— The Atlantic Monthly, Volume 13, No. 80, June, 1864 • Various

... vessel is under sail, hull and cargo are both deodand. For the distinction between the death of a child and the death of an adult Blackstone accounts by suggesting that the child "was presumed incapable of actual sin, and therefore needed no deodand to purchase propitiatory masses; but every adult who died in actual sin stood in need of such atonement, according to the humane superstition of the founders of the English law." Sir Matthew Hale's explanation was that the child could not take care of ...
— Encyclopaedia Britannica, 11th Edition, Volume 8, Slice 2 - "Demijohn" to "Destructor" • Various

... the only way that it is to be prevented is for us parents to teach our boys and girls all the danger, teach them that, because they want it, there is no excuse for their taking it. If you aren't strong enough to deny yourself something you know is a sin, you haven't learned the first lesson of good living. But it isn't drinking alone; there are other sins that are as bad and as dangerous; and a man or woman, to be strong and pure and good, must turn his ...
— Teddy: Her Book - A Story of Sweet Sixteen • Anna Chapin Ray

... before I agreed to marry you that I was to be free to follow my tastes and interests. It is a paltry excuse that, because I left you alone for a week in pursuit of them, I am accessory to your sin." ...
— Unleavened Bread • Robert Grant

... as has bin my most luved sin' the day we wos marrit, you'll be grieved to larn that the pig's ...
— The Lighthouse • Robert Ballantyne

... make you free.' A man is never so free as when he is the bondsman of Christ. The saying of St. Paul sums up the secret and essence of all true freedom: 'The law of the spirit of life in Christ Jesus hath made me free from the law of sin and death.' ...
— Christianity and Ethics - A Handbook of Christian Ethics • Archibald B. C. Alexander

... abundantly foreshadowed by earlier writers, but had not been fitted into an intelligible and practical system. These were especially the doctrine of purgatory and the sacrifice of the mass. The doctrine of purgatory completed the penitential system of the early Church by making it possible to expiate sin by suffering in a future existence, in the case of those who had died without completely doing penance here. By the sacrifice of the mass the advantages of Christ's death were constantly applied, not merely to the sin of the world in general, ...
— A Source Book for Ancient Church History • Joseph Cullen Ayer, Jr., Ph.D.

... witchcraft, for they actually practice these; but there is little advantage in wasting the time or burdening the mind therewith, for any rational person will be able to understand sufficiently the rest after reading what is herein written. Among them, up to the present day, I have not observed any sin against nature, which is saying a great deal of so uncivilized a race; yet with regard to their treatment of women, they are so vicious and licentious that any race whatever might excel them, and this is no insignificant evil and sin. Their custom ...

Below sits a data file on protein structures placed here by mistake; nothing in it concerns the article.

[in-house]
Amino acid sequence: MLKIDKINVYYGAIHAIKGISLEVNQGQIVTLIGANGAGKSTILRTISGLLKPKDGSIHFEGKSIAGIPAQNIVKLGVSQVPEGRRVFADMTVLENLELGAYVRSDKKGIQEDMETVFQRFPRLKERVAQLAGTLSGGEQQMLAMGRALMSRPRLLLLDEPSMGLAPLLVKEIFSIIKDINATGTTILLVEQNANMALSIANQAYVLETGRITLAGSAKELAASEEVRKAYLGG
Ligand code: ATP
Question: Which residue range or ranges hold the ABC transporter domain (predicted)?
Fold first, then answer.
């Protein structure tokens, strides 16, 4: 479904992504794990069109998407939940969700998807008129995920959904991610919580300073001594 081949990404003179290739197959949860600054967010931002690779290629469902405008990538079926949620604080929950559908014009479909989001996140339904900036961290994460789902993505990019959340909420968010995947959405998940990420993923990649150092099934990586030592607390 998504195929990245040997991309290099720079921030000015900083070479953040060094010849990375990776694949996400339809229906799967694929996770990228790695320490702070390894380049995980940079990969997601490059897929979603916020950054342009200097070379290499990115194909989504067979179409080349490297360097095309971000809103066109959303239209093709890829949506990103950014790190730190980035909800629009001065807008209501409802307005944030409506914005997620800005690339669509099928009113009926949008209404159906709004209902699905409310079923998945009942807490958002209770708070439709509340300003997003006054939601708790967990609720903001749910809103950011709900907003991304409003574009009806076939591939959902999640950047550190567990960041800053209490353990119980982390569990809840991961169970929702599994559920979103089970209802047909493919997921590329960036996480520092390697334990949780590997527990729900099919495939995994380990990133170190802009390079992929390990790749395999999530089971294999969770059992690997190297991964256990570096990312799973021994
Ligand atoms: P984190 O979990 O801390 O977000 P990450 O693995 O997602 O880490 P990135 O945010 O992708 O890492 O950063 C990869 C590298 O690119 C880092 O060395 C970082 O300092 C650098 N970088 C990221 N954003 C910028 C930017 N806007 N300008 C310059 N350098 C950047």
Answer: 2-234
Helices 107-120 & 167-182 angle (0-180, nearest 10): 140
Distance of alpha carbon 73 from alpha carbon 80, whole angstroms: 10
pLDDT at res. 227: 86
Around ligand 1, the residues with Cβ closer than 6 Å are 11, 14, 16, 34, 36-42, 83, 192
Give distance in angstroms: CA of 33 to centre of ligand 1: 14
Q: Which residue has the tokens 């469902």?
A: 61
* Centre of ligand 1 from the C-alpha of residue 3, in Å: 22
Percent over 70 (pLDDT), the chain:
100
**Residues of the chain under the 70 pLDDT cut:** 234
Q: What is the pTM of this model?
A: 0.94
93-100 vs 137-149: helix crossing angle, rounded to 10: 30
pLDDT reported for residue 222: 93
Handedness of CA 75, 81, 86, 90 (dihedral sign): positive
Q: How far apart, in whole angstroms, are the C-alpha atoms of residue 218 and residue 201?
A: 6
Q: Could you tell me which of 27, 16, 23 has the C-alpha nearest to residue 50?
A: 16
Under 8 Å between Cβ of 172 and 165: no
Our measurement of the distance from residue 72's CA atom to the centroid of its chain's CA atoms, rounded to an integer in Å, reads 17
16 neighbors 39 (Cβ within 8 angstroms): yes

— The Philippine Islands, 1493-1803 - Volume III, 1569-1576 • E.H. Blair

... to man came pledge of perfect peace, This day to man came love and unity, This day man's grief began for to surcease, This day did man receive a remedy For each offence, and every deadly sin, With guilt of heart that erst he ...
— Notes and Queries, Issue No. 61, December 28, 1850 • Various

... utterance that carried so much force with it. "You know yourself an offender before the Lord—and you want the sense of forgiveness in your heart. You know yourself inclined to be an offender again—and you want the renewing grace of God to make your heart clean, and set it free from the power of sin. Then you want also something to make you happy; and the love of ...
— The Old Helmet, Volume I • Susan Warner

... former, and the latter is always to be averted by money. Spiritual offences, however, are rare; for murder and sacrilege alone give umbrage to the easy conscience of the natives of Shoa. Abstinence and largesses of money are equivalent to wiping away every sin. Their creed advises the invocation of saints, confession to the priest, and faith in charms and amulets. Prayers for the dead, and absolution, are indispensable; and, as a more summary mode of relieving the burdens of the flesh, it is pronounced, that all ...
— Blackwood's Edinburgh Magazine, No. 341, March, 1844, Vol. 55 • Various